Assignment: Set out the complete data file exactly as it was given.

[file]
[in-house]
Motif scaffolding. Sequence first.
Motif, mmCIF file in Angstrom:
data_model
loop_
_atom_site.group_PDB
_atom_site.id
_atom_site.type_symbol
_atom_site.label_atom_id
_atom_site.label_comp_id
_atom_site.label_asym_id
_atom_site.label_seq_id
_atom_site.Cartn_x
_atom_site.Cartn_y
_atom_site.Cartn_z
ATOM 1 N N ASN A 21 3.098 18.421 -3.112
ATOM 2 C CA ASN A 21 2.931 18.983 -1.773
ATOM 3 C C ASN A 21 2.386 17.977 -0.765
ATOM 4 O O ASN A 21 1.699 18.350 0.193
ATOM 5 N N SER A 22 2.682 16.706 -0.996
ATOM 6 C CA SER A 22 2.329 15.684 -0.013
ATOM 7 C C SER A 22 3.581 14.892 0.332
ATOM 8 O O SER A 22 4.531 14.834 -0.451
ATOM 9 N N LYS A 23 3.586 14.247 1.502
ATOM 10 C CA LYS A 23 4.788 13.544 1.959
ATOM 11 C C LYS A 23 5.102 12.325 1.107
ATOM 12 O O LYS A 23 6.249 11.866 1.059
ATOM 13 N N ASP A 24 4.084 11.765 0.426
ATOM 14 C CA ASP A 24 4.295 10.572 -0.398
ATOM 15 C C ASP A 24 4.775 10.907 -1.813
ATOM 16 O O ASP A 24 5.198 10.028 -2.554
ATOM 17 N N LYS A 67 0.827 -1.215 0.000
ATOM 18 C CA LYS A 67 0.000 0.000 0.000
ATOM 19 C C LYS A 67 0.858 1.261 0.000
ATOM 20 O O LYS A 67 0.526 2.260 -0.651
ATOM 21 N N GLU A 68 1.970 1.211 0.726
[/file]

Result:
[in-house]
Motif scaffolding. Sequence first.
Motif, mmCIF file in Angstrom:
data_model
loop_
_atom_site.group_PDB
_atom_site.id
_atom_site.type_symbol
_atom_site.label_atom_id
_atom_site.label_comp_id
_atom_site.label_asym_id
_atom_site.label_seq_id
_atom_site.Cartn_x
_atom_site.Cartn_y
_atom_site.Cartn_z
ATOM 1 N N ASN A 21 3.098 18.421 -3.112
ATOM 2 C CA ASN A 21 2.931 18.983 -1.773
ATOM 3 C C ASN A 21 2.386 17.977 -0.765
ATOM 4 O O ASN A 21 1.699 18.350 0.193
ATOM 5 N N SER A 22 2.682 16.706 -0.996
ATOM 6 C CA SER A 22 2.329 15.684 -0.013
ATOM 7 C C SER A 22 3.581 14.892 0.332
ATOM 8 O O SER A 22 4.531 14.834 -0.451
ATOM 9 N N LYS A 23 3.586 14.247 1.502
ATOM 10 C CA LYS A 23 4.788 13.544 1.959
ATOM 11 C C LYS A 23 5.102 12.325 1.107
ATOM 12 O O LYS A 23 6.249 11.866 1.059
ATOM 13 N N ASP A 24 4.084 11.765 0.426
ATOM 14 C CA ASP A 24 4.295 10.572 -0.398
ATOM 15 C C ASP A 24 4.775 10.907 -1.813
ATOM 16 O O ASP A 24 5.198 10.028 -2.554
ATOM 17 N N LYS A 67 0.827 -1.215 0.000
ATOM 18 C CA LYS A 67 0.000 0.000 0.000
ATOM 19 C C LYS A 67 0.858 1.261 0.000
ATOM 20 O O LYS A 67 0.526 2.260 -0.651
ATOM 21 N N GLU A 68 1.970 1.211 0.726